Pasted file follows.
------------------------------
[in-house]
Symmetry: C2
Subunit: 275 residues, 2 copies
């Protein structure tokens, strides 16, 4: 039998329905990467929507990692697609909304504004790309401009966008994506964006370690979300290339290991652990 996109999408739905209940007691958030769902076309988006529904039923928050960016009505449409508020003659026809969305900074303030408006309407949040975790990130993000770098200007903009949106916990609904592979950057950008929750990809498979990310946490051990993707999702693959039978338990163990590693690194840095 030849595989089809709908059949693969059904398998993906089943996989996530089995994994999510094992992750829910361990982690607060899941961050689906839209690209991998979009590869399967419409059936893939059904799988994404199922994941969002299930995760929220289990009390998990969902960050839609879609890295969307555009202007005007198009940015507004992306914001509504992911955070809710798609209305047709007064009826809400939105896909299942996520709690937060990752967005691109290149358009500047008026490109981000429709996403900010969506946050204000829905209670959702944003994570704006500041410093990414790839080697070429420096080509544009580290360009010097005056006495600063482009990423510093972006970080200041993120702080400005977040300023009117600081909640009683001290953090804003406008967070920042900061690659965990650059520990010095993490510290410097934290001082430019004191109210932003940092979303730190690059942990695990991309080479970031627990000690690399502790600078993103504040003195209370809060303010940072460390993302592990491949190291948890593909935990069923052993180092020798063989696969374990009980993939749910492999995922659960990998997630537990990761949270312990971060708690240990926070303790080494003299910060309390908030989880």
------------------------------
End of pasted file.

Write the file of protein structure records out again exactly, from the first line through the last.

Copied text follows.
[in-house]
Symmetry: C2
Subunit: 275 residues, 2 copies
């Protein structure tokens, strides 16, 4: 039998329905990467929507990692697609909304504004790309401009966008994506964006370690979300290339290991652990 996109999408739905209940007691958030769902076309988006529904039923928050960016009505449409508020003659026809969305900074303030408006309407949040975790990130993000770098200007903009949106916990609904592979950057950008929750990809498979990310946490051990993707999702693959039978338990163990590693690194840095 030849595989089809709908059949693969059904398998993906089943996989996530089995994994999510094992992750829910361990982690607060899941961050689906839209690209991998979009590869399967419409059936893939059904799988994404199922994941969002299930995760929220289990009390998990969902960050839609879609890295969307555009202007005007198009940015507004992306914001509504992911955070809710798609209305047709007064009826809400939105896909299942996520709690937060990752967005691109290149358009500047008026490109981000429709996403900010969506946050204000829905209670959702944003994570704006500041410093990414790839080697070429420096080509544009580290360009010097005056006495600063482009990423510093972006970080200041993120702080400005977040300023009117600081909640009683001290953090804003406008967070920042900061690659965990650059520990010095993490510290410097934290001082430019004191109210932003940092979303730190690059942990695990991309080479970031627990000690690399502790600078993103504040003195209370809060303010940072460390993302592990491949190291948890593909935990069923052993180092020798063989696969374990009980993939749910492999995922659960990998997630537990990761949270312990971060708690240990926070303790080494003299910060309390908030989880």